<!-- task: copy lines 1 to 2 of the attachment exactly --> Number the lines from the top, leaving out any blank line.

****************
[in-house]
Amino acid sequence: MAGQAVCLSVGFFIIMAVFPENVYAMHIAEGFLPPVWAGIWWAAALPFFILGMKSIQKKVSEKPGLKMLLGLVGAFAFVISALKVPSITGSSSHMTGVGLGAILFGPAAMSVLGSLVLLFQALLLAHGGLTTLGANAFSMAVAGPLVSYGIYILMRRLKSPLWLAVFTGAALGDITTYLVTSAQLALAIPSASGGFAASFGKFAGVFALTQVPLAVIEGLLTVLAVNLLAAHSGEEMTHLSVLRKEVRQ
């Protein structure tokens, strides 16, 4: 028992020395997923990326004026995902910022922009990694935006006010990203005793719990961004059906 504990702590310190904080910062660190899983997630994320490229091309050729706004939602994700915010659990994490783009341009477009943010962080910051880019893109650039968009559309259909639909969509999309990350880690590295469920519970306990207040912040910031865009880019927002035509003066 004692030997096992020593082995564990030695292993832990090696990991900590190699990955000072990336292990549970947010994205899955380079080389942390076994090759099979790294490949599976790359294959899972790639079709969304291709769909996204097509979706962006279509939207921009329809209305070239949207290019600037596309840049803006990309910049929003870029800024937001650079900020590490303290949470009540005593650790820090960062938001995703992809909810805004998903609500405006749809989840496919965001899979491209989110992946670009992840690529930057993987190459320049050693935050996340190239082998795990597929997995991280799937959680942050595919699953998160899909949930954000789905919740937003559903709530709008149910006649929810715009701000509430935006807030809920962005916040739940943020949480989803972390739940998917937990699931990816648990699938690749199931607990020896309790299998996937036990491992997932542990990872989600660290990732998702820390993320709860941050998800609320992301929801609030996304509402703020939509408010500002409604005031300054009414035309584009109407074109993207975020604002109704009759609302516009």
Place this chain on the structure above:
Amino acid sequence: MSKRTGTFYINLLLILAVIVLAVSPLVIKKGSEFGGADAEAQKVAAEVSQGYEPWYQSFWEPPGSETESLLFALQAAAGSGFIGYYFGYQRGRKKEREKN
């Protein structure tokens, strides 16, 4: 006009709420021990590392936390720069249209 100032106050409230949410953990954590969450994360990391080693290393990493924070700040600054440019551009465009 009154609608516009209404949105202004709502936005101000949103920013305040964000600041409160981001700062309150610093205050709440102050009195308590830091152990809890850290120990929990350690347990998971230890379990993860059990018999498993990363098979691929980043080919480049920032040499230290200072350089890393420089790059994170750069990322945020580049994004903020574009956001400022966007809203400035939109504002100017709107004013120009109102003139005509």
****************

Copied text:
[in-house]
Amino acid sequence: MAGQAVCLSVGFFIIMAVFPENVYAMHIAEGFLPPVWAGIWWAAALPFFILGMKSIQKKVSEKPGLKMLLGLVGAFAFVISALKVPSITGSSSHMTGVGLGAILFGPAAMSVLGSLVLLFQALLLAHGGLTTLGANAFSMAVAGPLVSYGIYILMRRLKSPLWLAVFTGAALGDITTYLVTSAQLALAIPSASGGFAASFGKFAGVFALTQVPLAVIEGLLTVLAVNLLAAHSGEEMTHLSVLRKEVRQ